The Bureau of Security and Investigative Services (BSIS) fined the security officer who shot Banko Brown $1,500 for multiple violations on the day of the incident.
According to the BSIS, Michael Earl-Wayne Anthony was carrying a concealed firearm without a permit. During the incident, he was also not donning the required insignia indicating that he was employed as private security.
On April 27, Brown, a 24-year-old Black transgender man, was shot and killed at a Walgreens in San Francisco. Anthony confronted Brown as he was exiting the store on suspicion of theft.
The citation issued on July 24 stated that Anthony was “involved in a shooting while on duty while wearing a sweatshirt that did not have bureau-approved patches on each shoulder that stated ‘private security’ and listed Anthony’s employer’s name.”
In addition, the report stated that Anthony was “carrying a concealed firearm in a zippered pouch on the tactical vest he was wearing over his sweatshirt,” a weapon distinct from the one he used to shoot Brown.
Brown’s death prompted a public uproar in response to what many deemed an unnecessary murder. Hundreds of protestors converged on Market Street in the days following the deadly shooting.
According to Brown’s friends, he was a trans man and an active community organizer who had battled housing instability for over a decade.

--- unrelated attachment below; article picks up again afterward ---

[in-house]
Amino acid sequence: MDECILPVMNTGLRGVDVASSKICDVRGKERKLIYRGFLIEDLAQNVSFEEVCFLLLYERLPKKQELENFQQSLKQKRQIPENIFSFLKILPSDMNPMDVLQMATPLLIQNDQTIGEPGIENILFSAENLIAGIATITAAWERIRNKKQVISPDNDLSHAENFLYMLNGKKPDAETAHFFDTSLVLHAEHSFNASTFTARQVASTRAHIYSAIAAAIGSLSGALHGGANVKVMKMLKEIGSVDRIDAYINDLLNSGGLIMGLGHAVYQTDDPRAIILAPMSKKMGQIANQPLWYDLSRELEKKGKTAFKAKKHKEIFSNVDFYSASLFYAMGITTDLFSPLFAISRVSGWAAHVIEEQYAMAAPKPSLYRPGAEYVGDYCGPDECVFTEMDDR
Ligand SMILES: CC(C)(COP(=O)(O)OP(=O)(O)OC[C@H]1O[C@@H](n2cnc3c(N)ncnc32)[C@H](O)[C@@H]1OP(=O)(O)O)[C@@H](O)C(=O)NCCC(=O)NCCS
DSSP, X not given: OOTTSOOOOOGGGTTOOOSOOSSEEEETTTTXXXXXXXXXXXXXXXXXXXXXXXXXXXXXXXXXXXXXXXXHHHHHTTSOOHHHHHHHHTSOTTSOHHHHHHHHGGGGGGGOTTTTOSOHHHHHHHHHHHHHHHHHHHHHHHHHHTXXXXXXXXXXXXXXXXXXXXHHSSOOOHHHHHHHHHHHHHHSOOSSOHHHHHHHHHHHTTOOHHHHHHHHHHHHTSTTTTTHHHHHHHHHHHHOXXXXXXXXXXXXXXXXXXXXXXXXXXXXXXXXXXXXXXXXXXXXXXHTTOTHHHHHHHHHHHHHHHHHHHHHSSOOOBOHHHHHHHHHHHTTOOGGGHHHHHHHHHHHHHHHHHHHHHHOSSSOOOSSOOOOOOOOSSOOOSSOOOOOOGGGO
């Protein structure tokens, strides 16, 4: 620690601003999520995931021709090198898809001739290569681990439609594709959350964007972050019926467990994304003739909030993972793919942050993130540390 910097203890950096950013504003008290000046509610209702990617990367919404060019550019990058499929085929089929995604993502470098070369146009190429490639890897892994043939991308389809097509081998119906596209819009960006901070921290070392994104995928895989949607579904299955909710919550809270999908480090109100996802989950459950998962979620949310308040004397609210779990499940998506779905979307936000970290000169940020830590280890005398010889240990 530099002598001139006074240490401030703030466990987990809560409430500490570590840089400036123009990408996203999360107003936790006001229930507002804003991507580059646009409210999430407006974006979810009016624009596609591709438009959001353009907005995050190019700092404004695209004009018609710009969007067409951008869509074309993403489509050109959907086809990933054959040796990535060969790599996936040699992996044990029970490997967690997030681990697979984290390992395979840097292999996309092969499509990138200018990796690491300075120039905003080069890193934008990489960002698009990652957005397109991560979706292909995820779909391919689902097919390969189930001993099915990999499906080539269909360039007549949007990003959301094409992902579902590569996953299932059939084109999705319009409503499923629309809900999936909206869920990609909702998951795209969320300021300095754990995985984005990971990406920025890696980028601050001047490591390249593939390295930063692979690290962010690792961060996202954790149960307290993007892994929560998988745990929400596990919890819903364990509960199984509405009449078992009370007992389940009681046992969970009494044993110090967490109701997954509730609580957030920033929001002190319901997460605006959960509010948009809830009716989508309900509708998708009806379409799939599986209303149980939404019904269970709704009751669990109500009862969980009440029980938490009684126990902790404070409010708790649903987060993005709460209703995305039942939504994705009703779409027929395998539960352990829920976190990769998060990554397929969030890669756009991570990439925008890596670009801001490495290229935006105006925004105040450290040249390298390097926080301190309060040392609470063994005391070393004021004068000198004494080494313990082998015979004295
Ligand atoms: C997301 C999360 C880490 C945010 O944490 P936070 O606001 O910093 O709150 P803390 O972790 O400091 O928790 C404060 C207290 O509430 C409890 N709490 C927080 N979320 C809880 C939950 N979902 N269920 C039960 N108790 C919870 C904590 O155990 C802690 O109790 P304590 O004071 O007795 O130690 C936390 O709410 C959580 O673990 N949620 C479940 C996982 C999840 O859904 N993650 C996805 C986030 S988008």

Harvey Milk LGBTQ Democratic Club issued a statement in which they stated, among other things, that they did not know all of the details, going so far as to term this a “murder”, but his death was “tragic and senseless.”
Banko’s Murder: A Call to Address Systemic Issues for Trans Safety
“Banko’s murder is also a reminder that ensuring the safety of our trans siblings requires us to address systemic issues such as poverty, homelessness, and anti-Black racism, not just declare our acceptance and love for trans people.”
Additionally, the group reported that transgender individuals in San Francisco are 18 times more likely to be homeless than the general population. Although less than 6% of San Franciscans are Black, more than half of those incarcerated in San Francisco are Black.